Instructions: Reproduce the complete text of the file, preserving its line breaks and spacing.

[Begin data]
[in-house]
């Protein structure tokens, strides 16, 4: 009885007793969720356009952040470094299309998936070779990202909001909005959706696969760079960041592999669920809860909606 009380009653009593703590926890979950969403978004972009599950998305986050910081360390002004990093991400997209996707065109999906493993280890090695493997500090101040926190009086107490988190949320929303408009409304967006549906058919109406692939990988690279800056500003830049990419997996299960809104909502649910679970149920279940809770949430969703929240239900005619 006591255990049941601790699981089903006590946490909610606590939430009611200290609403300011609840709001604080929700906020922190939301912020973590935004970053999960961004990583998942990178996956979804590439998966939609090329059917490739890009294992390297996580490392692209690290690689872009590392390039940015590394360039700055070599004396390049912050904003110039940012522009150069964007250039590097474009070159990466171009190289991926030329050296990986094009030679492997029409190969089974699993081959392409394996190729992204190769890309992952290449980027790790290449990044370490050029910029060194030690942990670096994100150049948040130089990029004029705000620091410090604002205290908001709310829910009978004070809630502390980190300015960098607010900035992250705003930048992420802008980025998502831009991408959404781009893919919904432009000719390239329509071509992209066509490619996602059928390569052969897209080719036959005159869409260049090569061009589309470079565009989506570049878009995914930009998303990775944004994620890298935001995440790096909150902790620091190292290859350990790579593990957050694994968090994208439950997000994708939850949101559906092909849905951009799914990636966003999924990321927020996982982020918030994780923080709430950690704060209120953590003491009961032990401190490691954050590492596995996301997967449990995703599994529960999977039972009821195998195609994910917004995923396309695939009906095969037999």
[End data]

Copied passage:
[in-house]
């Protein structure tokens, strides 16, 4: 009885007793969720356009952040470094299309998936070779990202909001909005959706696969760079960041592999669920809860909606 009380009653009593703590926890979950969403978004972009599950998305986050910081360390002004990093991400997209996707065109999906493993280890090695493997500090101040926190009086107490988190949320929303408009409304967006549906058919109406692939990988690279800056500003830049990419997996299960809104909502649910679970149920279940809770949430969703929240239900005619 006591255990049941601790699981089903006590946490909610606590939430009611200290609403300011609840709001604080929700906020922190939301912020973590935004970053999960961004990583998942990178996956979804590439998966939609090329059917490739890009294992390297996580490392692209690290690689872009590392390039940015590394360039700055070599004396390049912050904003110039940012522009150069964007250039590097474009070159990466171009190289991926030329050296990986094009030679492997029409190969089974699993081959392409394996190729992204190769890309992952290449980027790790290449990044370490050029910029060194030690942990670096994100150049948040130089990029004029705000620091410090604002205290908001709310829910009978004070809630502390980190300015960098607010900035992250705003930048992420802008980025998502831009991408959404781009893919919904432009000719390239329509071509992209066509490619996602059928390569052969897209080719036959005159869409260049090569061009589309470079565009989506570049878009995914930009998303990775944004994620890298935001995440790096909150902790620091190292290859350990790579593990957050694994968090994208439950997000994708939850949101559906092909849905951009799914990636966003999924990321927020996982982020918030994780923080709430950690704060209120953590003491009961032990401190490691954050590492596995996301997967449990995703599994529960999977039972009821195998195609994910917004995923396309695939009906095969037999």